To answer your question, yes, the Colts would be a great fit for Robinson. Indy is very thin on the depth chart after T.Y. Hilton, and Robinson would add another dimension to an offense that should be getting Andrew Luck back. Matt Harmon had the Coltson his list of likely Robinson landing spots.

Richard Sherman is the obvious candidate here -- I'd be surprised if he doesn't have a big year with the Niners. How else will he be able to talk trash on the Seahawks?

On a lower profile, I'll go with Eric Decker, who never looked himself with the Titans last season following an offseason in which he was rehabbing surgeries on both his shoulder and hip. Turning 31 this week, I could see Decker enjoying a nice comeback season if he lands with the right team. Put him in the right offense with the right quarterback and Decker could look a lot more like the guy who went for 1,000 yards and 12 touchdowns with the Jets in 2015.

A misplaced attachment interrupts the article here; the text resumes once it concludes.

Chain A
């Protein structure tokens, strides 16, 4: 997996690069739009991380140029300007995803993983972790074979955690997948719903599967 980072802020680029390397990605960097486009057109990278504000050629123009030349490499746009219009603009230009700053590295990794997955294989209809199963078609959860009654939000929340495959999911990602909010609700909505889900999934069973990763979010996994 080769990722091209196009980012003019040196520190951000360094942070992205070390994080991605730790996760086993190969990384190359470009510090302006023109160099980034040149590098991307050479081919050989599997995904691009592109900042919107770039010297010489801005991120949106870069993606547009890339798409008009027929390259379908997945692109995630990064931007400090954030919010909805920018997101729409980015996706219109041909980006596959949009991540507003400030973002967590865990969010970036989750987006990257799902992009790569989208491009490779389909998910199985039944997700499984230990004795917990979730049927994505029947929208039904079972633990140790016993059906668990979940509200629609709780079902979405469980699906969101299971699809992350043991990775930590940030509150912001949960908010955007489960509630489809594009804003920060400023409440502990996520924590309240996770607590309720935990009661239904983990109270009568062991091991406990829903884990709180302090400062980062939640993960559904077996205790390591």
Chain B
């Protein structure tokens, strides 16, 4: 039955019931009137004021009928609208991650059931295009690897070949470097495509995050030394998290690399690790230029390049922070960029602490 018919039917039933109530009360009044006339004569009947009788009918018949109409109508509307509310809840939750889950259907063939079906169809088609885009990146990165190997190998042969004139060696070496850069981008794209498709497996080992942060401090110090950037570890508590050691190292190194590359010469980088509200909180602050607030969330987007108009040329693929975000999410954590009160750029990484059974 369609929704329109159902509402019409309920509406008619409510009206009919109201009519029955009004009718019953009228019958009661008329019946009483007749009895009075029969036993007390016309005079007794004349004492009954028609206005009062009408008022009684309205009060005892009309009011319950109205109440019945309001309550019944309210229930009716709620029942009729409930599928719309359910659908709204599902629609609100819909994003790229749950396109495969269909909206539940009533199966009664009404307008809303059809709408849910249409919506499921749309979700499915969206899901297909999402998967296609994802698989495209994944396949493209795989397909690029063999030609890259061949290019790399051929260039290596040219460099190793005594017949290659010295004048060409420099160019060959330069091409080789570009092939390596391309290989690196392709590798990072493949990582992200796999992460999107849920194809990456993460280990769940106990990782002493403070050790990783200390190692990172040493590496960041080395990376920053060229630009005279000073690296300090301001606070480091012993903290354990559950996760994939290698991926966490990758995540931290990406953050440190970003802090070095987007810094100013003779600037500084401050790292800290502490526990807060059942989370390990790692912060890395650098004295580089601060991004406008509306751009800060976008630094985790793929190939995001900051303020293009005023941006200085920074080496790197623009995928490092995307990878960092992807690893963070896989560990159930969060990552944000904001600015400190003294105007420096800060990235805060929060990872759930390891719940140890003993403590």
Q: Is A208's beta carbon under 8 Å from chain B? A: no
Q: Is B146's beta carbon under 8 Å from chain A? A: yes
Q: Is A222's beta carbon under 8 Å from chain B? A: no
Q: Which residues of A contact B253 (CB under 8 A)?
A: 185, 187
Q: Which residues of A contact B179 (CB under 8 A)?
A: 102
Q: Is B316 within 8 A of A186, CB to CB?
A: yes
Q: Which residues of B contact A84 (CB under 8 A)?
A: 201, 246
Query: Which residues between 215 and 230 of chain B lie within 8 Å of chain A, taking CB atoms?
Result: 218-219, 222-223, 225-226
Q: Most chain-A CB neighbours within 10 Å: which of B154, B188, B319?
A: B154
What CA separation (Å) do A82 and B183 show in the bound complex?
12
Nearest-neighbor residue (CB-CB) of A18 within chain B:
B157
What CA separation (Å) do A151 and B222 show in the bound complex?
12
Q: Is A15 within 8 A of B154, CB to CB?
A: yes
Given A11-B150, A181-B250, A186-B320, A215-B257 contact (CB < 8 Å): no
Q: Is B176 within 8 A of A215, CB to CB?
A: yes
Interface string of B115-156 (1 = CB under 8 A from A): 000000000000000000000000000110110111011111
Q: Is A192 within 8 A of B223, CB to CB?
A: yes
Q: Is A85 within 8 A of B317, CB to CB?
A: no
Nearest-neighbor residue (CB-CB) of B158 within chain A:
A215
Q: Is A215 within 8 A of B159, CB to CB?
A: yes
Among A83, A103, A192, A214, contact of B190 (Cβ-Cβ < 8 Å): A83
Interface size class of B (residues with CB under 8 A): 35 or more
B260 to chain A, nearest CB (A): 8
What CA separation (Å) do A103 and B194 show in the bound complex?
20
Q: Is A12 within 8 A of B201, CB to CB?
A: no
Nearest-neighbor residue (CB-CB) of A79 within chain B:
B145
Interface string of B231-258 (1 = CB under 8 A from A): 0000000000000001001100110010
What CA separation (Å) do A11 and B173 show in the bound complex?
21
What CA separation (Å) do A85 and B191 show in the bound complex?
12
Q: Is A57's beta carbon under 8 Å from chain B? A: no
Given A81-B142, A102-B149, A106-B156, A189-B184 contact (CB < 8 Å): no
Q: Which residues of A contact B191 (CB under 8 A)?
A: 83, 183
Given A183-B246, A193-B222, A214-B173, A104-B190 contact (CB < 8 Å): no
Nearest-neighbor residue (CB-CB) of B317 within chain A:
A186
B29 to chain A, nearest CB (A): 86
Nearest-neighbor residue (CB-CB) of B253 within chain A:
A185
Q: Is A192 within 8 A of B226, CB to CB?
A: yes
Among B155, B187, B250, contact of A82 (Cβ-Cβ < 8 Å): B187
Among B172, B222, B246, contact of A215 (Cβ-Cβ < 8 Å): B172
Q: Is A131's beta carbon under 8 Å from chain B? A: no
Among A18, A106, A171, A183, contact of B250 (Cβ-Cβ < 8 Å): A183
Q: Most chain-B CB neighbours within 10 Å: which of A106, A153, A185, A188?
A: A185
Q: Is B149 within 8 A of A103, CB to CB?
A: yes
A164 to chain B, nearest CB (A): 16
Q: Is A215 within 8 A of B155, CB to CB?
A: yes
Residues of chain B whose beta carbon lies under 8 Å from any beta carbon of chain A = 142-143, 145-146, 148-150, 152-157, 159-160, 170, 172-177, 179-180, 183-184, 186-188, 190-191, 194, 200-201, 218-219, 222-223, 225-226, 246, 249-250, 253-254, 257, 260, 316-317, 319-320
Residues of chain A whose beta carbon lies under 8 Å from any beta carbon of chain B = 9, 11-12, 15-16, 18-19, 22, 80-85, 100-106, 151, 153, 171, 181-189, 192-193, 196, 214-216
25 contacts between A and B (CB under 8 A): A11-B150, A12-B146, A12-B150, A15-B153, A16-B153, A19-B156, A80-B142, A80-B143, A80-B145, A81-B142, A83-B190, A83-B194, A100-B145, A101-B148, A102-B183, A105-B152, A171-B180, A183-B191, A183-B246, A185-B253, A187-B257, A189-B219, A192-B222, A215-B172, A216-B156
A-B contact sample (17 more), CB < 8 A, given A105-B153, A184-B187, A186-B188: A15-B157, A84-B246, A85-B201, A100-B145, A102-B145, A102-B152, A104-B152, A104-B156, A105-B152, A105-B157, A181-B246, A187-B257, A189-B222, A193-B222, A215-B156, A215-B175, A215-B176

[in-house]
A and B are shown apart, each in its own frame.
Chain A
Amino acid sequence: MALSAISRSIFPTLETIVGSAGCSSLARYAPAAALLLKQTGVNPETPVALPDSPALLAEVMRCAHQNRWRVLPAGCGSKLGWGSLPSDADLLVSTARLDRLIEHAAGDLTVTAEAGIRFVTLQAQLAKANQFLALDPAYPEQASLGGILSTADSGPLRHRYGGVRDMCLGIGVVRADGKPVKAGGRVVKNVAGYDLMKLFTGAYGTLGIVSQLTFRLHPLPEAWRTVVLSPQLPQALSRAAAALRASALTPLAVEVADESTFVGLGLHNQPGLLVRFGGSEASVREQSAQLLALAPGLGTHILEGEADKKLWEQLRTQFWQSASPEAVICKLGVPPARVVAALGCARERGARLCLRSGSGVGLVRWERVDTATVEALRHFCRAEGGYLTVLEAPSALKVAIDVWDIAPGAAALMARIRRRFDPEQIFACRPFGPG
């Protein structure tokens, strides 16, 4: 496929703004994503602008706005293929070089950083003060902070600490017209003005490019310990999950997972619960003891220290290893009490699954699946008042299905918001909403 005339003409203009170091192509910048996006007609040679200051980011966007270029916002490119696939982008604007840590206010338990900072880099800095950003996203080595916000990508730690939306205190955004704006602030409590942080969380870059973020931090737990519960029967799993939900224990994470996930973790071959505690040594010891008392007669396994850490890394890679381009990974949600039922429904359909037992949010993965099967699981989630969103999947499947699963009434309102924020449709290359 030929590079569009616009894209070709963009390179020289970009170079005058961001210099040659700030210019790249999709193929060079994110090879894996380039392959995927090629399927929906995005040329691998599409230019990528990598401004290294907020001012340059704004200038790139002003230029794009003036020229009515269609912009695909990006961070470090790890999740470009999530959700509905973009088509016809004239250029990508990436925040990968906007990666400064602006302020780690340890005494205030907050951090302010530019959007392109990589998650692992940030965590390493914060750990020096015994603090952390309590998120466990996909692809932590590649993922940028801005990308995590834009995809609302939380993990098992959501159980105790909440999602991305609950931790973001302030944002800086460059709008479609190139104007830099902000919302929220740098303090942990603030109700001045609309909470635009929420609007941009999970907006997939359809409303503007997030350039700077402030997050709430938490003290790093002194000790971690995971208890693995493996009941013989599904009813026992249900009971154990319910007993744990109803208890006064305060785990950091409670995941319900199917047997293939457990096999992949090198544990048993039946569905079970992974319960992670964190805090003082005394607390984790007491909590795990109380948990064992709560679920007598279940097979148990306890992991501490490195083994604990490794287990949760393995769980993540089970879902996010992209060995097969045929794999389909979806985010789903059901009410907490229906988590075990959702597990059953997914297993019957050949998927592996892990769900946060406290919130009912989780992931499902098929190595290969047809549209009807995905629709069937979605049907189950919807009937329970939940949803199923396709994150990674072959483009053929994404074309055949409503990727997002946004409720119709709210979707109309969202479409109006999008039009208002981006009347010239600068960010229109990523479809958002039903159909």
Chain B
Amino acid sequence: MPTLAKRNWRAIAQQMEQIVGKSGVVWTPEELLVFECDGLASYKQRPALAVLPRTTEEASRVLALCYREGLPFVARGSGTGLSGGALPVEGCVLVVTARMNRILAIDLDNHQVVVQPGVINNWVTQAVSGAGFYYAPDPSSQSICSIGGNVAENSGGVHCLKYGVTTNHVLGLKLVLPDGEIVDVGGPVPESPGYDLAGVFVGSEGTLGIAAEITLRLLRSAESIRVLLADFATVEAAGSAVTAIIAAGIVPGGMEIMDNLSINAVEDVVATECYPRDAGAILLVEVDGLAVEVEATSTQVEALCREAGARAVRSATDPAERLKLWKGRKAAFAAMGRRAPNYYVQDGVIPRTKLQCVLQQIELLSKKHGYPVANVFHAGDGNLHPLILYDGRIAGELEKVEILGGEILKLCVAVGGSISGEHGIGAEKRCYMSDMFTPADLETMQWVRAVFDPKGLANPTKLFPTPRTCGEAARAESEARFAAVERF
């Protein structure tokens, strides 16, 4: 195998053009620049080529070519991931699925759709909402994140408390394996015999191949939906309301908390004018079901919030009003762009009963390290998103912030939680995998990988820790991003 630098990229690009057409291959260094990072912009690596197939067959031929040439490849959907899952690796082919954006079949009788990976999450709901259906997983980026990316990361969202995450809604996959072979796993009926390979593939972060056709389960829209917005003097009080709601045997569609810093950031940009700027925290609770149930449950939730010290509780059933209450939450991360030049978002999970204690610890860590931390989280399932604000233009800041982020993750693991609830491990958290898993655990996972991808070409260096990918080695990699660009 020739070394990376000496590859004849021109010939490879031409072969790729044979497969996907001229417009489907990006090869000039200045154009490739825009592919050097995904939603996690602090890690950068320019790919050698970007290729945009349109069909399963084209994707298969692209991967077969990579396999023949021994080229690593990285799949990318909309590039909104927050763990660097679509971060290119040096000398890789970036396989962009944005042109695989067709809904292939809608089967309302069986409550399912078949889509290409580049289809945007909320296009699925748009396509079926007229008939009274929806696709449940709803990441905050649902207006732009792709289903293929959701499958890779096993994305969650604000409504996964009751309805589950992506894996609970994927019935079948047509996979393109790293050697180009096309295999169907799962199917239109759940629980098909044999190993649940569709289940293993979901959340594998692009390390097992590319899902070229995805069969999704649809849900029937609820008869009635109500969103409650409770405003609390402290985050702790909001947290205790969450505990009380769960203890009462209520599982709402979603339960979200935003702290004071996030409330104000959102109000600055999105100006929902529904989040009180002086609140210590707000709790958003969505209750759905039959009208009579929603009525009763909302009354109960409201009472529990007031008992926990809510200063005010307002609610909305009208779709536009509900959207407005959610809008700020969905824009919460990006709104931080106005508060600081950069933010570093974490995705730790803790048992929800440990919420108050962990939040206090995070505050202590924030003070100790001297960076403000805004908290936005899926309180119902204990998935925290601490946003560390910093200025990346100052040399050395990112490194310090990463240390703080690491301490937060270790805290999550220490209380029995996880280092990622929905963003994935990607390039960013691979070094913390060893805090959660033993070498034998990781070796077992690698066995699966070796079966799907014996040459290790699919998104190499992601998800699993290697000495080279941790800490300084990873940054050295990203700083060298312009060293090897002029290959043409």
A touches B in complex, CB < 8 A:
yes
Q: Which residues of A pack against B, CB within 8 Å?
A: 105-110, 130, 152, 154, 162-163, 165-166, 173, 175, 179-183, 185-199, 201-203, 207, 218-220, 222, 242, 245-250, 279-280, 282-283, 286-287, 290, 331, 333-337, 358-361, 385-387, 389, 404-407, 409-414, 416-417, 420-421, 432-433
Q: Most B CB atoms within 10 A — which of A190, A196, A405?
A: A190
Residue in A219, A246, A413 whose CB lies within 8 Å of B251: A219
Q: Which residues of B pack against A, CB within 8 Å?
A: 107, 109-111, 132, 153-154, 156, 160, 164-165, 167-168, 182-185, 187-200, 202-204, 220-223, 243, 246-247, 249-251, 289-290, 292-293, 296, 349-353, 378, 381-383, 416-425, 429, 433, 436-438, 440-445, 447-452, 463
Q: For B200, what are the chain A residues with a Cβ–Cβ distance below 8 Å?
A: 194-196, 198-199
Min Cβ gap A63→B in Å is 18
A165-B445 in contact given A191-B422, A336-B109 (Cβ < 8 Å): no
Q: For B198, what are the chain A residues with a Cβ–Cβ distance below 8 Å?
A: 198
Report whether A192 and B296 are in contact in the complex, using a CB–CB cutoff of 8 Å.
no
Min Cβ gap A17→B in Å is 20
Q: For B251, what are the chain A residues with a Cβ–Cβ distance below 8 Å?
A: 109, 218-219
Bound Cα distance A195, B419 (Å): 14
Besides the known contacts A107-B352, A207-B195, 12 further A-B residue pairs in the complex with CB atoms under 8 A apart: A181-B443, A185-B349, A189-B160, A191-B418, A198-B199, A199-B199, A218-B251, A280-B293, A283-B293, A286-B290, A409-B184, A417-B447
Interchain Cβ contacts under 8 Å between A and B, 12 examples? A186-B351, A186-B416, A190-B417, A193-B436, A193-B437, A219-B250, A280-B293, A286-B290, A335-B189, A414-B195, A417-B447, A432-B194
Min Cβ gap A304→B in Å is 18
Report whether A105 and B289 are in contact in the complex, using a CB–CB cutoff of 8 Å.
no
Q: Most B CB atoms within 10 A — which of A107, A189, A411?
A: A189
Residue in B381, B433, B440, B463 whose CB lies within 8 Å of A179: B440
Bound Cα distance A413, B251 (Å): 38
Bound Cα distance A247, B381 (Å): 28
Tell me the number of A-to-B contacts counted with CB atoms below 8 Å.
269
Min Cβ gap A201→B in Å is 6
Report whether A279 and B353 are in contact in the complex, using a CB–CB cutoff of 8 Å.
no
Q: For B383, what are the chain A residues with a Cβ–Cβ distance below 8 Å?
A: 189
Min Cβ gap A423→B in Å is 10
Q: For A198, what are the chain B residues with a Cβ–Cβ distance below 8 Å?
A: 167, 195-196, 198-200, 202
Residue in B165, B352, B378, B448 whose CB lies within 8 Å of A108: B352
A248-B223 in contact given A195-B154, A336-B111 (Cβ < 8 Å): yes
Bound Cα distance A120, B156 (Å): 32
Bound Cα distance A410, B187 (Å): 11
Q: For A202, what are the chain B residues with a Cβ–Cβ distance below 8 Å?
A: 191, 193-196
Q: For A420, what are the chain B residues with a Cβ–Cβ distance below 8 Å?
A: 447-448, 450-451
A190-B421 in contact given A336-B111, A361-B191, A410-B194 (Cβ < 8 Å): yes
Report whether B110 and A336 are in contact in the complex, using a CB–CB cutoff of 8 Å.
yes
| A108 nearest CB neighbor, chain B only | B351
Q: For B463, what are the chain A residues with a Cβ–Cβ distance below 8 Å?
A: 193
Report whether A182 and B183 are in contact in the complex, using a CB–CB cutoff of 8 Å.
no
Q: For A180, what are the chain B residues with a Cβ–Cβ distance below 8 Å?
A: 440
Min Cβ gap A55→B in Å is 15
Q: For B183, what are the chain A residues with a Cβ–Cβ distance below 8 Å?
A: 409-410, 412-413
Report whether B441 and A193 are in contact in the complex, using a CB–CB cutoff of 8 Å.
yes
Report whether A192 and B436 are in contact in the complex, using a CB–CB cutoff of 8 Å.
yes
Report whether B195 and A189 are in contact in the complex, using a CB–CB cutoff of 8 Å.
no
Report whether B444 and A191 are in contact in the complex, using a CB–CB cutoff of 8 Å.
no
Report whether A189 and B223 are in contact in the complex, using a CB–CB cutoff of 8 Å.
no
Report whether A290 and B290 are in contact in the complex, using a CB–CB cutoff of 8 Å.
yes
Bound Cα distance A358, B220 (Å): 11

Steve Wilks doesn't want or need my sympathy, but I was struck by the same realization as I watched Wilks address one roster question mark after another during his 15-minute press conference at the NFL Scouting Combine. Per Over The Cap, the Cardinals have $19 million in cap space, which puts them in the bottom third of the league. That doesn't help, but it shouldn't be completely prohibitive. It makes all the sense in the world for Arizona to make a big push for Robinson or Sammy Watkins, the top wideouts on the open market. If the Cards don't make a splash in free agency, wide receiver has to be a priority in the draft. While we're here, I think John Brown could be a low-cost/high-ceiling addition for some team, but one can understand why Arizona is ready for a clean break there.

'Til next time.

Follow Dan Hanzus on Twitter @danhanzus. Send in your questions for the next mailbag. Use #EndAroundMailbag.